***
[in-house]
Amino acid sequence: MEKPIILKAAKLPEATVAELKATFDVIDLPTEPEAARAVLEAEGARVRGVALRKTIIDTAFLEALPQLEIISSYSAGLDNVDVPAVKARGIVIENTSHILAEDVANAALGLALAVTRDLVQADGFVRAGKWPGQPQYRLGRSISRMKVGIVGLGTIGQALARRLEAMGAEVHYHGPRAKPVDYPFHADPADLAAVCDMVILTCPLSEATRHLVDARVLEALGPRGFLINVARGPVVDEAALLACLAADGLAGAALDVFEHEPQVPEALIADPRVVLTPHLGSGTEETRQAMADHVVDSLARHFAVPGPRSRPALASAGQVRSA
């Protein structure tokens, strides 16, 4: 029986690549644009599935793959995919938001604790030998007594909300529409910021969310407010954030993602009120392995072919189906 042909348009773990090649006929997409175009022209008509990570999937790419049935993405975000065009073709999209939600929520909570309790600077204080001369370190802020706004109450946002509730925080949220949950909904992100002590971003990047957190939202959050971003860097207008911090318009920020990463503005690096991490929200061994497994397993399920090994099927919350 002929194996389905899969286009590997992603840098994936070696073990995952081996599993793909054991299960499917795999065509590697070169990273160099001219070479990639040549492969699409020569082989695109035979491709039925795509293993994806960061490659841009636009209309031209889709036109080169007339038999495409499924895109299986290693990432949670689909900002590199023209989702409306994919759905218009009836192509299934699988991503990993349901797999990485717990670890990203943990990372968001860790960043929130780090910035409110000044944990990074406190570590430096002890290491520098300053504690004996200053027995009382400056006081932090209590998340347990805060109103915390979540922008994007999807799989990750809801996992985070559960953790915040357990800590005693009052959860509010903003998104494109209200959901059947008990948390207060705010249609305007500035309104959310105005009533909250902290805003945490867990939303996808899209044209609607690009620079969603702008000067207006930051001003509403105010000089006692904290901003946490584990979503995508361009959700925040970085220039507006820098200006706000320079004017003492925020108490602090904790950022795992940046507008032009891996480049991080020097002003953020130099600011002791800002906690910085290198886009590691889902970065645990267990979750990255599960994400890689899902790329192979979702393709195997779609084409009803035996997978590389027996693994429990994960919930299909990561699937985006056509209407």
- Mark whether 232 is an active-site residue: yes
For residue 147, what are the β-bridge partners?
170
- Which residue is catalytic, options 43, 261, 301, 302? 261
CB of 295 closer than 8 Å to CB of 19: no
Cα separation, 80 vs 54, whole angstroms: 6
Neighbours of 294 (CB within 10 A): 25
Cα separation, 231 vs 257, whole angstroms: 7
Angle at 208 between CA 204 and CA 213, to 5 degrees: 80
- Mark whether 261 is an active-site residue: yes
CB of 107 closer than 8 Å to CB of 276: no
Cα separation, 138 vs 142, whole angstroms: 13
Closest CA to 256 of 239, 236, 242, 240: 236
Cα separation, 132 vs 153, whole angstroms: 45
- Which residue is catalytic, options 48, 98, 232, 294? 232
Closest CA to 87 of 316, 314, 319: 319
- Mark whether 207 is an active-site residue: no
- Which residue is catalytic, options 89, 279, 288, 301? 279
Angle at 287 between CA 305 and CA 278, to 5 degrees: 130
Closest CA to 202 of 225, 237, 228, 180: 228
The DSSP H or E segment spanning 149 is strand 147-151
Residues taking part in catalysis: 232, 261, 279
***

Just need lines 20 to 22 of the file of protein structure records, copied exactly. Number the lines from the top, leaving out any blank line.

- Mark whether 207 is an active-site residue: no
- Which residue is catalytic, options 89, 279, 288, 301? 279
Angle at 287 between CA 305 and CA 278, to 5 degrees: 130